Minutes passed. Skyler felt a trickle of sweat run down the side of his face and he mopped it away with the back of his hand.
A blast of static from the tiny speaker preceded the controller’s voice. “You will reroute to Nightcliff and submit to inspection. Failure to comply will result in the destruction of your vessel. Any delay will result in the destruction of your vessel. You have thirty seconds to acknowledge.”
The order rattled Skyler like a sick joke. The mission had been flawless, a masterpiece, until this. Inspection. He shook his head. All their hard work, dashed with that loaded word.
“What do I say?” Angus asked. He strained against his harness to glance over his shoulder at Skyler.
The young man’s brown eyes pleaded for reassurance. Skyler could only shrug. “Stall,” he said. “I’m thinking.”
He tried to conjure a memory of the last inspection. It must have been two years ago. More than that. They’d claimed fear of a flu epidemic on that occasion. A case of vodka had settled the matter, if he remembered right. He’d been the pilot then, stuckin the cockpit, uninvolved. This time it would be his neck on the chopping block.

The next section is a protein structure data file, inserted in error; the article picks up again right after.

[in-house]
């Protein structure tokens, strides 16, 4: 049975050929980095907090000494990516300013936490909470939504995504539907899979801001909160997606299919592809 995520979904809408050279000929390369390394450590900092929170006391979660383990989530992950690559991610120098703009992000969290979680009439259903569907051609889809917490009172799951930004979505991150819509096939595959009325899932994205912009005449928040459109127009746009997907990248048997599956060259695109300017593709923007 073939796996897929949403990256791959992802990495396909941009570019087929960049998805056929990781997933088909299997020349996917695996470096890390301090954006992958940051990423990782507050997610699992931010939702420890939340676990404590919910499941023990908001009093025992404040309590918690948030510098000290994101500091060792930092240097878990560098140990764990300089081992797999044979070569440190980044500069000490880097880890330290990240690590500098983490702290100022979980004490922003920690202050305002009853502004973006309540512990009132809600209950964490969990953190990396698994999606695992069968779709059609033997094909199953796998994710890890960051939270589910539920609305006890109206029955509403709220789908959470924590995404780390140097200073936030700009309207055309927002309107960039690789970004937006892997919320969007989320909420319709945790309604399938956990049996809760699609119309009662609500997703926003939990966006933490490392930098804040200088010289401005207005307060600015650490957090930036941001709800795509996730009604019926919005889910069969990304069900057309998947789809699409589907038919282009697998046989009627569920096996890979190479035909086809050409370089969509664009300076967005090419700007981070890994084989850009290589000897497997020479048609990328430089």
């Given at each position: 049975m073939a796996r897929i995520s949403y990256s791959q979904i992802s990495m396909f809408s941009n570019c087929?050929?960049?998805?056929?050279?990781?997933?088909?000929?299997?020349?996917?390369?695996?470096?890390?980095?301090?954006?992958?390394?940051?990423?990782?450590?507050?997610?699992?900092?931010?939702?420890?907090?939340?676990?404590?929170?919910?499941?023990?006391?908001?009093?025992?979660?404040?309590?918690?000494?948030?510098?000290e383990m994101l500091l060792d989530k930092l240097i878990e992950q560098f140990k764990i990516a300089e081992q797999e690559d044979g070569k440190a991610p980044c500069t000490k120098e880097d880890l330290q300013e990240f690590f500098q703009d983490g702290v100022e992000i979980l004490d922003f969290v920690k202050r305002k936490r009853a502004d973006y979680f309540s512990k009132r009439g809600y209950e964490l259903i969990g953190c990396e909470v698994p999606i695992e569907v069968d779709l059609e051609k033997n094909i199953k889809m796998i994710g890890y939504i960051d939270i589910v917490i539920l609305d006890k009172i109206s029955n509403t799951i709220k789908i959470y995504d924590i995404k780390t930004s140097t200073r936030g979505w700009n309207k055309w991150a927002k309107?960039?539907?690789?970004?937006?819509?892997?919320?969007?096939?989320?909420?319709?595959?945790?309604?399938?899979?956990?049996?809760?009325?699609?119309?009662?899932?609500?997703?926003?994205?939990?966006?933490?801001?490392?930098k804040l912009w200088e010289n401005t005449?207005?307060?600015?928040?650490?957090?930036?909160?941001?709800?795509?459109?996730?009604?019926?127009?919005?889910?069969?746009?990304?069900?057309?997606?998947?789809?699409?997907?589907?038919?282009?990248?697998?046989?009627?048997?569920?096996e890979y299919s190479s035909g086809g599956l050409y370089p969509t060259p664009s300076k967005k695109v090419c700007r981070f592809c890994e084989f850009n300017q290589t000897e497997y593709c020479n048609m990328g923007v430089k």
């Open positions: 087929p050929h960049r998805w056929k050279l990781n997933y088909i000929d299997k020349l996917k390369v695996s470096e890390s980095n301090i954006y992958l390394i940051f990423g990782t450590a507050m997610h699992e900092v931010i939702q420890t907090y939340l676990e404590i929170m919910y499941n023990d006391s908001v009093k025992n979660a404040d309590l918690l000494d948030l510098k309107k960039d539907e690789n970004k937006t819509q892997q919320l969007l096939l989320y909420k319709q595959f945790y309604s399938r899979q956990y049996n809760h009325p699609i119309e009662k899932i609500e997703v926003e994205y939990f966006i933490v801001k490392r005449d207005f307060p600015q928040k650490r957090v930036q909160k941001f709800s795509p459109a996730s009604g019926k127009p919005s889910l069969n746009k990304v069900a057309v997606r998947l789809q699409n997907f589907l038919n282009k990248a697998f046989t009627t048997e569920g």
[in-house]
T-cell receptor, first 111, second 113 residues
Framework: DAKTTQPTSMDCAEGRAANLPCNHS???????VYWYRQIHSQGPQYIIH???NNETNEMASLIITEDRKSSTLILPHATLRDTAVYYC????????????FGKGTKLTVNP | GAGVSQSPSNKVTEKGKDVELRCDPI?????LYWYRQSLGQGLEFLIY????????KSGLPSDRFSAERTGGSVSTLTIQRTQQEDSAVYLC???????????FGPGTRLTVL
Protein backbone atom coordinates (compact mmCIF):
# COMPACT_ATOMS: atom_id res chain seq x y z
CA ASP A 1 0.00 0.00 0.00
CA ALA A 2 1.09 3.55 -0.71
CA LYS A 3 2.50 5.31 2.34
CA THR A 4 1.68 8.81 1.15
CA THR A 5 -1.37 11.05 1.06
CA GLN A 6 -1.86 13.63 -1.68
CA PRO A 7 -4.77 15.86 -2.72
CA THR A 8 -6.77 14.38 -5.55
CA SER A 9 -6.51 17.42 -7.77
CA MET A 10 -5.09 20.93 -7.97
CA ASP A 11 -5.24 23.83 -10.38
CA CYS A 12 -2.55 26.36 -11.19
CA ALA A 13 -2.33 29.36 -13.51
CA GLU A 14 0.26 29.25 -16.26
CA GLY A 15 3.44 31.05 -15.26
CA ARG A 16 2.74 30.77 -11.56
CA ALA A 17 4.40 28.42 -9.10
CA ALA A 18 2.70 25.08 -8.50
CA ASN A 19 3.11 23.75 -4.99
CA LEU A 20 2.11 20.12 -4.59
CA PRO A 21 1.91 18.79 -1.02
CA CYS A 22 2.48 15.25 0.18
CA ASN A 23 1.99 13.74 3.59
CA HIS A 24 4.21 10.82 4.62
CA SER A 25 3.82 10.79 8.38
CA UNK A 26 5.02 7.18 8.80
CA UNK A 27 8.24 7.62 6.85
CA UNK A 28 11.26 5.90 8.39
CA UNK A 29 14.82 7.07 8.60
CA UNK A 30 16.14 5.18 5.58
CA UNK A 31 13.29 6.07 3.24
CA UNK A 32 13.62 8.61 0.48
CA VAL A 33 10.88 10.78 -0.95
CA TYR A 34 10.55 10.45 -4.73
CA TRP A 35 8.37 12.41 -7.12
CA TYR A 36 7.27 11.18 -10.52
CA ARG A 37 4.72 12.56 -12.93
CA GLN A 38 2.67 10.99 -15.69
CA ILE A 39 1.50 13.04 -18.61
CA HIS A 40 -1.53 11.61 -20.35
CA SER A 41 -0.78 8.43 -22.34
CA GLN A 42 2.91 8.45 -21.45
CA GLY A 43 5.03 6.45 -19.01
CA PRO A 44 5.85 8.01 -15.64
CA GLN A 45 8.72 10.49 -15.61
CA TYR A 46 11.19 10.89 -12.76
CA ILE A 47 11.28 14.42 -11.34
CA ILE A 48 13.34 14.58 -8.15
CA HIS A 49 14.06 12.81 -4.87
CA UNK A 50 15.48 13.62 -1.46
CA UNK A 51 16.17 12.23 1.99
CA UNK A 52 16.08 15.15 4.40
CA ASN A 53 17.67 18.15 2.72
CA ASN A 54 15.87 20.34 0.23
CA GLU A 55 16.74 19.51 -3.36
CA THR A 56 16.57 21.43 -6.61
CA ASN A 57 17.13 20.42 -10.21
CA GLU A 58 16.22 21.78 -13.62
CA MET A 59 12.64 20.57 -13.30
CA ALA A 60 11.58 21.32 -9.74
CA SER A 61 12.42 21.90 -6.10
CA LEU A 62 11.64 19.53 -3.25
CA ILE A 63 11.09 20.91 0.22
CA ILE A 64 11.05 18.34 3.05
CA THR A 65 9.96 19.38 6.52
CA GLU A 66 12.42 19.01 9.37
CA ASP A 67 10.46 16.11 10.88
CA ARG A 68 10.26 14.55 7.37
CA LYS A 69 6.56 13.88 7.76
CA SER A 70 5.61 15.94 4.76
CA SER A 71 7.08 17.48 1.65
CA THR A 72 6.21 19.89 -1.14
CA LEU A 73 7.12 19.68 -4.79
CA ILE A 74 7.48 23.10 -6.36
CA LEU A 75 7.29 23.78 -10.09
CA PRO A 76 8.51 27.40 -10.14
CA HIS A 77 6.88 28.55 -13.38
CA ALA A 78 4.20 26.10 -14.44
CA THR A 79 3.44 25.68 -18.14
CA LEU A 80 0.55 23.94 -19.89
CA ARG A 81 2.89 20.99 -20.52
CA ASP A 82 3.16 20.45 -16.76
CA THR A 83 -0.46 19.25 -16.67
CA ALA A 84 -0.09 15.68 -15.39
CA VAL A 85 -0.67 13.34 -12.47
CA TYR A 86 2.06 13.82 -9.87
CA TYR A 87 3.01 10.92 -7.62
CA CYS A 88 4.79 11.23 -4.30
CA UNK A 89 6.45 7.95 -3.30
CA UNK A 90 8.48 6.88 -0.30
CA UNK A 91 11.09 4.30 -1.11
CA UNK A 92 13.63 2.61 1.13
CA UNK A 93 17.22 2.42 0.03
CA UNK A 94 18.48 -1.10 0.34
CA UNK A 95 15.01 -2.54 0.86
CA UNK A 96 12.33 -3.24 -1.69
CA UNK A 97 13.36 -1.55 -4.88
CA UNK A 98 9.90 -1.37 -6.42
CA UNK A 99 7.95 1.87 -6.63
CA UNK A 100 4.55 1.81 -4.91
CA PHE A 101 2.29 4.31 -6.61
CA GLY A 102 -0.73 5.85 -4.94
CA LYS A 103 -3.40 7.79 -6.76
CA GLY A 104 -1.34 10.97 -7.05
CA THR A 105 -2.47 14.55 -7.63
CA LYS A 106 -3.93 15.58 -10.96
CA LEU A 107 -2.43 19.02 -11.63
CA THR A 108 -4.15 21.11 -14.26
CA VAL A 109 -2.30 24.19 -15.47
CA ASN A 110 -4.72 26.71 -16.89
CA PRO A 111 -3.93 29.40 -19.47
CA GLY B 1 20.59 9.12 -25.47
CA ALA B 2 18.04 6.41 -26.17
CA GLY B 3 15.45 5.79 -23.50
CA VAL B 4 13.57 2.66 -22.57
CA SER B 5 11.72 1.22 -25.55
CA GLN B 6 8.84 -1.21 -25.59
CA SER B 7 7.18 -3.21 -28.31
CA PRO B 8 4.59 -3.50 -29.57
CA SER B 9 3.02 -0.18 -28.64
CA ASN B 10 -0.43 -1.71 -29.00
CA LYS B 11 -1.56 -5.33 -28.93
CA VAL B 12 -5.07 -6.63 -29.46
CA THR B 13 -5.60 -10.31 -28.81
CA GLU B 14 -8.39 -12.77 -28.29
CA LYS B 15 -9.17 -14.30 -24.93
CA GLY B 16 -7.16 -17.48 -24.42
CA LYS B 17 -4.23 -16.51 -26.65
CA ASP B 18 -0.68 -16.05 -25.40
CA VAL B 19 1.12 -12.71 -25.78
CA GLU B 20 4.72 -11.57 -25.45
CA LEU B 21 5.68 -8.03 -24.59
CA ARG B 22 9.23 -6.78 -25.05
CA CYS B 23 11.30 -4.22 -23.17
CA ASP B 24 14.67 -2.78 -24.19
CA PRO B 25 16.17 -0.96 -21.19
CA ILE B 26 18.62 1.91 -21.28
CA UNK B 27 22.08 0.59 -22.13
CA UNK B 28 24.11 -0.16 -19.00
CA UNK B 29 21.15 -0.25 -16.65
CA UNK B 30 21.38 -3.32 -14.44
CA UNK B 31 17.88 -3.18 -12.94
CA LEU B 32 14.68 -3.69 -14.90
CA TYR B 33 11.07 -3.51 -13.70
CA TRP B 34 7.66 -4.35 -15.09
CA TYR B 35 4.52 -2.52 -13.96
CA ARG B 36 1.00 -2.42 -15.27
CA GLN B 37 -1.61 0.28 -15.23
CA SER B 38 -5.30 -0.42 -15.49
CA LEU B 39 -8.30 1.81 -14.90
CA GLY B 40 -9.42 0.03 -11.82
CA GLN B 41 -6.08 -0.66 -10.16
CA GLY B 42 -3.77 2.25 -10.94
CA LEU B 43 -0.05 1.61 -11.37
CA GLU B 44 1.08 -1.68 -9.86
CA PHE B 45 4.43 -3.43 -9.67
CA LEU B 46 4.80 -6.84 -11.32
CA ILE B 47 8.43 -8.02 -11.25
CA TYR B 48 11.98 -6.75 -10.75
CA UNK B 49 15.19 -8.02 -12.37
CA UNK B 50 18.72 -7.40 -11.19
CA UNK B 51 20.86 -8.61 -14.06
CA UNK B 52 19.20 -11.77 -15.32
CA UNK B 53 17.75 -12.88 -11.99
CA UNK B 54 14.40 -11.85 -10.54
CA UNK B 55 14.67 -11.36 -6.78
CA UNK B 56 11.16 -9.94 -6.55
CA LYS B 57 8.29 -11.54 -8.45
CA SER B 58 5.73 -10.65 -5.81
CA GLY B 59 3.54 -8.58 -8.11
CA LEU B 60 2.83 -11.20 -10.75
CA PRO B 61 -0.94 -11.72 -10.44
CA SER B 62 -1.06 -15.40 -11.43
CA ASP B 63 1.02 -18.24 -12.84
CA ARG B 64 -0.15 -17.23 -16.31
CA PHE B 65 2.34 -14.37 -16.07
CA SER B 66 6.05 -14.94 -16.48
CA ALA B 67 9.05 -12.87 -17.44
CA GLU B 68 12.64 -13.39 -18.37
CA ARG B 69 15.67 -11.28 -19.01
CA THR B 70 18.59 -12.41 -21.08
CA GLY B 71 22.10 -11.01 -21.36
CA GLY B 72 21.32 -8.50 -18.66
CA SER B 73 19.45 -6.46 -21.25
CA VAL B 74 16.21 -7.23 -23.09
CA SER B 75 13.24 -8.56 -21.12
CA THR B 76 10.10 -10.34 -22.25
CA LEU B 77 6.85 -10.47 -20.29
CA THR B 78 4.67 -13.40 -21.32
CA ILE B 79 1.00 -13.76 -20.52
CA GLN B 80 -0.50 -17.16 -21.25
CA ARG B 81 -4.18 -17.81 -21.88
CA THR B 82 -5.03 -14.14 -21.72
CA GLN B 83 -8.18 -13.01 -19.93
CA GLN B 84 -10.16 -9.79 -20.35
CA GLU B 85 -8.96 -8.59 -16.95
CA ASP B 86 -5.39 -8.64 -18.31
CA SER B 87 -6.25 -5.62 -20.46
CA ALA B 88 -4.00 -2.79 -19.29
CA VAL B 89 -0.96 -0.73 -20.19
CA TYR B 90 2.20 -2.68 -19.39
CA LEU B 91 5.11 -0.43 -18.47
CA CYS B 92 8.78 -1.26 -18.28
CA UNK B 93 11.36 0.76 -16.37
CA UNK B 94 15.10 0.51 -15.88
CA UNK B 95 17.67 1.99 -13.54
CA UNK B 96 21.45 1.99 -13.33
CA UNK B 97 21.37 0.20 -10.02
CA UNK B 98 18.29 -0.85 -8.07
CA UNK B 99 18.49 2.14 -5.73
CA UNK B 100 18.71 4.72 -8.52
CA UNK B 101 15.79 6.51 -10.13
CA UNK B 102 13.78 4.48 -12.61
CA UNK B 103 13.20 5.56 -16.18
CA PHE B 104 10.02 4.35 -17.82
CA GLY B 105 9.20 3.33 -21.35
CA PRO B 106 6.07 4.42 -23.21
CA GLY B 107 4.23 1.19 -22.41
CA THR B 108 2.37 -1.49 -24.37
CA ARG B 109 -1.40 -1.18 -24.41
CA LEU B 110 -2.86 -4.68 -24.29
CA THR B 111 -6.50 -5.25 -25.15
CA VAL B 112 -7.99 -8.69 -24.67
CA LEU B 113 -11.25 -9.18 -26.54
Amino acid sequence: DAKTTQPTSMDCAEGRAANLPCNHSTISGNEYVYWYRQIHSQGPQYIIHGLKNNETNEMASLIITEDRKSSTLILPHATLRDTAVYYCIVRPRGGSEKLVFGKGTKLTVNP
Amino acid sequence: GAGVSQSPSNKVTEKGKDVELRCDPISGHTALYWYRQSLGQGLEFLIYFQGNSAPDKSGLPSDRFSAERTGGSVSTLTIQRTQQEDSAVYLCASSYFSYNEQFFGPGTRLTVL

The first successful mission in months, since Skyler took over the captain’s chair.
And now this. Inspection. Goddammit.
They probably just wanted a handout. The pick of the litter from a returning scavenger ship. Maybe they’d blinked the climbers’ lights on purpose, now that he thought about it. A clever ploy, really.
He ran through a mental tally of the Melville’s cargo bay. For two days they’d rummaged through the abandoned complex, and they’d packed the old girl full. There’d be no shortage of goods to bribe Nightcliff with. The trick would be steering them awayfrom the high-value items. The specific requests.